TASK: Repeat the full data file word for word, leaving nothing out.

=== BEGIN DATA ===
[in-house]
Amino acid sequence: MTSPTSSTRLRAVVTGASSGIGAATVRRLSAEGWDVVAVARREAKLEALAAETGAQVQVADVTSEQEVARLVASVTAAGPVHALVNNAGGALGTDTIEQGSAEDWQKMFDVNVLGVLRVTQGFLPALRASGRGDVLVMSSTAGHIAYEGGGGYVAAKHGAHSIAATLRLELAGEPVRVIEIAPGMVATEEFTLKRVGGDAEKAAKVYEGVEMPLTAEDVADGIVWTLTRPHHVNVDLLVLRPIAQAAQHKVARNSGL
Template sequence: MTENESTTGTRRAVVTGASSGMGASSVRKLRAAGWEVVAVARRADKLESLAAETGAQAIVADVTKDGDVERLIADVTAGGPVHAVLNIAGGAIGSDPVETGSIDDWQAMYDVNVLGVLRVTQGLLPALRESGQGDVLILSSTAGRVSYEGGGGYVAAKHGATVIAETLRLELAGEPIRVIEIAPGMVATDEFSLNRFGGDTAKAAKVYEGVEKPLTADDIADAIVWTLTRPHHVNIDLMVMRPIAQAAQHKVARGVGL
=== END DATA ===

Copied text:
[in-house]
Amino acid sequence: MTSPTSSTRLRAVVTGASSGIGAATVRRLSAEGWDVVAVARREAKLEALAAETGAQVQVADVTSEQEVARLVASVTAAGPVHALVNNAGGALGTDTIEQGSAEDWQKMFDVNVLGVLRVTQGFLPALRASGRGDVLVMSSTAGHIAYEGGGGYVAAKHGAHSIAATLRLELAGEPVRVIEIAPGMVATEEFTLKRVGGDAEKAAKVYEGVEMPLTAEDVADGIVWTLTRPHHVNVDLLVLRPIAQAAQHKVARNSGL
Template sequence: MTENESTTGTRRAVVTGASSGMGASSVRKLRAAGWEVVAVARRADKLESLAAETGAQAIVADVTKDGDVERLIADVTAGGPVHAVLNIAGGAIGSDPVETGSIDDWQAMYDVNVLGVLRVTQGLLPALRESGQGDVLILSSTAGRVSYEGGGGYVAAKHGATVIAETLRLELAGEPIRVIEIAPGMVATDEFSLNRFGGDTAKAAKVYEGVEKPLTADDIADAIVWTLTRPHHVNIDLMVMRPIAQAAQHKVARGVGL